Chantaveia Burnett, a Minneapolis resident, told looters, “We’re not protesting to go in the store and get cigarettes! Y’all are stupid! This is about the police!” Photograph by Nina Robinson for The New Yorker
On Thursday, in Minneapolis, crowds protesting the killing of George Floyd overran the Third Precinct police station, where Derek Chauvin, the officer now charged with murdering him, had been assigned. By midnight, the building was ablaze and hundreds of looters were emptying out the surrounding stores, restaurants, and businesses. People in a celebratory mood gathered around two burning vehicles in the intersection outside the station. Nearly all of them looked to be in their early twenties, and at least half of them were white. Alcohol circulated from a liquor store that had been broken into.
Jay Carter, a twenty-six-year-old African-American studying copywriting at Augsburg University, a mile and a half to the north, gazed at the scene with an air of saddened disbelief. Before I could pose any questions of my own, he asked me, “Do you think it’s worth it?” As Carter watched flames pour out of the precinct-house windows, and a car filled with teen-agers spinning donuts nearby, he said that he was disturbed by the turn the protests had taken. “It doesn’t feel right,” he told me. “I’m not judging anybody here, but I don’t agree with all this.”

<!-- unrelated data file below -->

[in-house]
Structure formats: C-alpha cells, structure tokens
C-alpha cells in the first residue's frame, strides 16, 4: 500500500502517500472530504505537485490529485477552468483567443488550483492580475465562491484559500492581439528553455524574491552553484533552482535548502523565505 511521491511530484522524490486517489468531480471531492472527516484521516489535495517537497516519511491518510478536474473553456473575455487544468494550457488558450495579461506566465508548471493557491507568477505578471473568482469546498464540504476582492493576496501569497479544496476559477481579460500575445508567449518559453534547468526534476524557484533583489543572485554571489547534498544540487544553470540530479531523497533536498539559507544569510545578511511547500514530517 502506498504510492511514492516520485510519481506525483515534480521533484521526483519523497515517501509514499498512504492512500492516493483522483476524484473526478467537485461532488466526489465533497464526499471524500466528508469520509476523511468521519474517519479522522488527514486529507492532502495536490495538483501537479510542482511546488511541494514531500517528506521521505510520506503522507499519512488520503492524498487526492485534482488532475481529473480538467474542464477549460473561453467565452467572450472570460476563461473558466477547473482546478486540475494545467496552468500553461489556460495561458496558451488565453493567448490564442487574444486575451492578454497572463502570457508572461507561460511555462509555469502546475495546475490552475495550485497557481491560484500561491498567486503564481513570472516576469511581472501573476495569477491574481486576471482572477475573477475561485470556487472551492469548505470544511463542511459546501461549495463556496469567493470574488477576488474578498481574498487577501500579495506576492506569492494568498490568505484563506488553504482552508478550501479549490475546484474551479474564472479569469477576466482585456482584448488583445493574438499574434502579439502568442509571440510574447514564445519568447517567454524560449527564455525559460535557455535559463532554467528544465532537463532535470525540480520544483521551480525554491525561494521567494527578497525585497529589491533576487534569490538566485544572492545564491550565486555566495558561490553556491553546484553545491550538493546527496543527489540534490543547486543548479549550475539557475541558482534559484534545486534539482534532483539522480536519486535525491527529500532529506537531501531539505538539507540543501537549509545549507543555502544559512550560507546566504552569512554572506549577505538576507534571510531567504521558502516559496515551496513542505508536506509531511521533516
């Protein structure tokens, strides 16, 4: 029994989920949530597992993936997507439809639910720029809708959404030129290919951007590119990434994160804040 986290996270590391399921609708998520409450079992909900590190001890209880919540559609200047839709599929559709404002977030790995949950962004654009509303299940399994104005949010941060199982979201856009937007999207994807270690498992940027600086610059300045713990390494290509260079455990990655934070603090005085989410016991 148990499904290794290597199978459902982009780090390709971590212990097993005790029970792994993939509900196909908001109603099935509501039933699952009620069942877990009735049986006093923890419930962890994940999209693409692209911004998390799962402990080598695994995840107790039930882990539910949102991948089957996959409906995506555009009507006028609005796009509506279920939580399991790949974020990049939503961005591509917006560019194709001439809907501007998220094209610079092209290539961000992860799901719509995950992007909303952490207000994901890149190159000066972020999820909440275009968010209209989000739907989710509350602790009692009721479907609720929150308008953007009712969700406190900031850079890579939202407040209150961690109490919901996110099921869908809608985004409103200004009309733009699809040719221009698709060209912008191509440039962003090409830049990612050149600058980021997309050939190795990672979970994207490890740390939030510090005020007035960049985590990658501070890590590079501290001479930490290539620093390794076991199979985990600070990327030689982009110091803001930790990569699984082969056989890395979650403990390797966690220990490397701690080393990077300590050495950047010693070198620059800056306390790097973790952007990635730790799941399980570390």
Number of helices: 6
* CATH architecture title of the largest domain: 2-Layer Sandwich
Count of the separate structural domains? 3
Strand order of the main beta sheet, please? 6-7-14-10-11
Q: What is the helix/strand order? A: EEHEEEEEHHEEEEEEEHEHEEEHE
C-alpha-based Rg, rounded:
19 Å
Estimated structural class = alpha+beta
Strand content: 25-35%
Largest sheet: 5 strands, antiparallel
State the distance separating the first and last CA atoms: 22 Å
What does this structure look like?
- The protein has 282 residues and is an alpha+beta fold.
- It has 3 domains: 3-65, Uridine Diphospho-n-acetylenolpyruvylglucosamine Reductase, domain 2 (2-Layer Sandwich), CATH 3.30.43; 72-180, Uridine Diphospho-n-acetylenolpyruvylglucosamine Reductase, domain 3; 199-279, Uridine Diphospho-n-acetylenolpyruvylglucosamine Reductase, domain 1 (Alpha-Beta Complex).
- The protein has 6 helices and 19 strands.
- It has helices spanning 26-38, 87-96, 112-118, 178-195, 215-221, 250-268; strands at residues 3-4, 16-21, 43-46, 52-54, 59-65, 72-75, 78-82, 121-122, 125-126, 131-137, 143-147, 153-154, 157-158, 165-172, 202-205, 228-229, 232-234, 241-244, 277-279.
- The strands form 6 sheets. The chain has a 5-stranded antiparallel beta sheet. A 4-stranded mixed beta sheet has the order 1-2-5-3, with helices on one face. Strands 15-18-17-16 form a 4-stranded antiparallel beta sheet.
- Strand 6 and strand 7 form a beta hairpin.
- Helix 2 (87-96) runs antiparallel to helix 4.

By the time the police returned to the area, at around 4:30 a.m., large fires were threatening to spread into residential neighborhoods. Enough of the protesters had gone home for the police to retake control; when I returned, later that morning, state troopers in riot gear and Minnesota National Guard soldiers with armored Humvees had cordoned off the area. The show of force didn’t last. By Friday evening, thousands of protesters were back at the Third Precinct station, and there were no soldiers or law enforcement in sight. (Carter wasn’t there, either; when I texted him, he responded, “I had enough.”) At around eight-thirty, everyone began marching west on Lake Street, a main commercial boulevard, toward another police station, in the Fifth Precinct. They chanted, “Say his name! George Floyd!” and “No Justice, no peace! Prosecute the police!” At some point, vehicles in a parking lot were set on fire, and several exploded, but otherwise the protest felt tenuously restrained.
Police lining a street
|Riot police outside the Fifth Precinct station |
in Minneapolis on the fourth day of protests.
Photograph by Nicholas Pfosi / Reuters